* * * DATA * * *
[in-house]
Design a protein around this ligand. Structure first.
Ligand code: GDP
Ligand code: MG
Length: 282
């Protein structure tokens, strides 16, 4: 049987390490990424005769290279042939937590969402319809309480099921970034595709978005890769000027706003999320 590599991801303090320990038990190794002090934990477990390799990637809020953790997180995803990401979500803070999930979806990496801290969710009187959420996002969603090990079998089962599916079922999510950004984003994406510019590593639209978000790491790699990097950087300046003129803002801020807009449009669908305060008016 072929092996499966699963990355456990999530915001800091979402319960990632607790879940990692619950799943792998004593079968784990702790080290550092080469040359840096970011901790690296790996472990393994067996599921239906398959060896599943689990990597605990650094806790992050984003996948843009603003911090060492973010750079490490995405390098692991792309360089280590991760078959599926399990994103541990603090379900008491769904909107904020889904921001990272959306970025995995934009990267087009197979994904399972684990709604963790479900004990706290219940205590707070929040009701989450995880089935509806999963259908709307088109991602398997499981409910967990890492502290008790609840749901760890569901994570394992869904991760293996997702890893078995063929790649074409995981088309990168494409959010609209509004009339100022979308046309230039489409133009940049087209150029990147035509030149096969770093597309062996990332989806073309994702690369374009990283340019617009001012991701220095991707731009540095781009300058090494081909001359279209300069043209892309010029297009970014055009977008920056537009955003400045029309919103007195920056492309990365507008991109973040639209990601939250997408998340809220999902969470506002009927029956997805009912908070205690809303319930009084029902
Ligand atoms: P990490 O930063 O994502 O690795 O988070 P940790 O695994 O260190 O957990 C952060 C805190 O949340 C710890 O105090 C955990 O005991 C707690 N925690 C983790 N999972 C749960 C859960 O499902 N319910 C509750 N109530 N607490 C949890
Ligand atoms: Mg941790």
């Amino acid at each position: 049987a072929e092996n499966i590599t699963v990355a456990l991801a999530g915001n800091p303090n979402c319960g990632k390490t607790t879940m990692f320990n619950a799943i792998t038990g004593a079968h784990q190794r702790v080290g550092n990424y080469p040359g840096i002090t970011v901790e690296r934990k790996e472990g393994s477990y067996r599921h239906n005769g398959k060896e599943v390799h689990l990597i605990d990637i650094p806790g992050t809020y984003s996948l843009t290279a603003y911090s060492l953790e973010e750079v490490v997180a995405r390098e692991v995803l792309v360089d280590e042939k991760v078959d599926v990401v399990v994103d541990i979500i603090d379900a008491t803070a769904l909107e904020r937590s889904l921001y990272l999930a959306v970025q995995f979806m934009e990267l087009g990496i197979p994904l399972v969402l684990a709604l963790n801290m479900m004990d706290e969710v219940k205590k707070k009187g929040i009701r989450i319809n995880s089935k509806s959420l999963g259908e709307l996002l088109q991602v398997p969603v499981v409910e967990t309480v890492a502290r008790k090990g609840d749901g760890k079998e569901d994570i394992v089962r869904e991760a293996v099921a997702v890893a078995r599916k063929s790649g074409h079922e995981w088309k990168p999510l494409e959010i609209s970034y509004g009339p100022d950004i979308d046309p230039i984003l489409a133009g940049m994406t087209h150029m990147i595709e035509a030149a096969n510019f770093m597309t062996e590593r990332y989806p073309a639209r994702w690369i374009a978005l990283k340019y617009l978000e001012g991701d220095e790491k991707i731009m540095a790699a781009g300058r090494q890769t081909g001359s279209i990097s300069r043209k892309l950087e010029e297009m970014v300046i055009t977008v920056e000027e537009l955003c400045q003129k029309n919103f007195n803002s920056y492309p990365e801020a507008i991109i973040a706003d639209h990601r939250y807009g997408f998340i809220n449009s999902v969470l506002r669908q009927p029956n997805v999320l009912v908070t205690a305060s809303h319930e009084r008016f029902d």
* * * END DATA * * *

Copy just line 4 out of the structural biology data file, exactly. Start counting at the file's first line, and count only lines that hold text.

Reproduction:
Ligand code: MG